Mission

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Our Mission is to facilitate and support gerontological/geriatric nursing research, education, practice and service consistent with the mission of the School of Nursing.

Major Methods:

  • Dissemination of information on gerontological/geriatric nursing research, education, practice and service to each other and our colleagues in the School of Nursing, University, and community.
  • Provide networking opportunities for research, education, practice and service to our students, faculty members, affiliates, and colleagues in other units within the University and outside the University.
  • Link gerontological/geriatric nursing research and information with policy makers, practitioners, and other educators.
  • Advocate for increased emphasis on gerontological/geriatric nursing research, education, and practice within the School of Nursing, University and community.
  • Promote gerontological/geriatric nursing career development and advancement of our students and faculty colleagues.

Perspectives on Aging

“It has been estimated that as of January 1, 2006, every 7 seconds, for the next 19 years, a baby boomer will turn 60 years old1. This trend will impact the U.S. population by increasing the total aging population to 20% by the year 2030; as of 2003 it was just over 12%2. The increase in the number of older adults will impact individuals, families, communities, service providers, public policy, and society.”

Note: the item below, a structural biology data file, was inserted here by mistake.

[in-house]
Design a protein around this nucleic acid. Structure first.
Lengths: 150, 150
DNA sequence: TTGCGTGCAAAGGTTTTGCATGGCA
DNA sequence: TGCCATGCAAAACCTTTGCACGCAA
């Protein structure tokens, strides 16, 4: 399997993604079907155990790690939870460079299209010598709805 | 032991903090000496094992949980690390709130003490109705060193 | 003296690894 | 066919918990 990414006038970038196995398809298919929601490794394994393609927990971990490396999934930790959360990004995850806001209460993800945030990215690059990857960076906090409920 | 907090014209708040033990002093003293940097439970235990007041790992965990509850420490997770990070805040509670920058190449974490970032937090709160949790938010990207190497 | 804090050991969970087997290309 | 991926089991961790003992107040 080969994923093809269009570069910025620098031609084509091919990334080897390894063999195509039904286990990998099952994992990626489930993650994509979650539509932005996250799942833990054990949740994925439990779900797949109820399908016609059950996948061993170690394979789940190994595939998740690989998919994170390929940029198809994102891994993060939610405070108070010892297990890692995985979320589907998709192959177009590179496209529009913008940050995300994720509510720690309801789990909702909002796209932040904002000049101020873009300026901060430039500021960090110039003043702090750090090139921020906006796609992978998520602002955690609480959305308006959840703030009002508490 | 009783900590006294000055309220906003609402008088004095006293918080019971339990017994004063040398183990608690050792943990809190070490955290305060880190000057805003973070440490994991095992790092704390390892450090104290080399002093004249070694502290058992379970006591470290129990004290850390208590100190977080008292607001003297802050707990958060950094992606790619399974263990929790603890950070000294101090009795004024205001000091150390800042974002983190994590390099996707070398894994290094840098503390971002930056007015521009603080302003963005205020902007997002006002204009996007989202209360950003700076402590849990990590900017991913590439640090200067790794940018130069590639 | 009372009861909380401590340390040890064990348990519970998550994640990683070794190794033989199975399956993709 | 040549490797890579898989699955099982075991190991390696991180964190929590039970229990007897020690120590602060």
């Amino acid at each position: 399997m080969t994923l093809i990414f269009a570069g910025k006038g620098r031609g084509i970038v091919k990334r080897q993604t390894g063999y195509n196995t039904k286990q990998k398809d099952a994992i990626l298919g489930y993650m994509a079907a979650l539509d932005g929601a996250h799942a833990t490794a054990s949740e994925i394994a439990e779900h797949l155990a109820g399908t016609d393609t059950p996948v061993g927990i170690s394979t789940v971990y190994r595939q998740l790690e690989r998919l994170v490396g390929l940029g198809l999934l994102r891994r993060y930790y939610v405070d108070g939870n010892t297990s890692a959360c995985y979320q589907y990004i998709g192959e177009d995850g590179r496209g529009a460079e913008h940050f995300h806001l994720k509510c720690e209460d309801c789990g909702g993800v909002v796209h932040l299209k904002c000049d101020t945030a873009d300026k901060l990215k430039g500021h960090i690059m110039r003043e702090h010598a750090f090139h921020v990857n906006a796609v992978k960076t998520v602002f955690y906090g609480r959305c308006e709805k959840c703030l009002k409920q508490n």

Author: Jennifer Lambert-Shute
Article Title: Aging issues: unanswered questions in marital and family therapy literature.
Journal: Journal of Marital and Family Therapy, January 2011, 37(1), 27-36.

According to the report from North Carolina Commission on Aging in 20113, about 18.8% of older adults in NC are minorities. North Carolina has a significantly higher percentage of black elderly (15.6%) than the overall U.S. (8.4%). In contrast, North Carolina has a lower percentage of Hispanic elderly (1.2%) than the overall U.S. (6.5%).

  1. Van Riper, T. (2005). How to play: The upcoming baby boom. Retrieved February 13, 2006.
  2. Federal Interagency Forum on Aging-Related Statistics. (2004). Older Americans 2004: Key Indicators of wellbeing. Federal interagency forum on aging-related statistics. Washington, DC: U.S. Government Printing Office.
  3. North Carolina Commission on Aging (2011).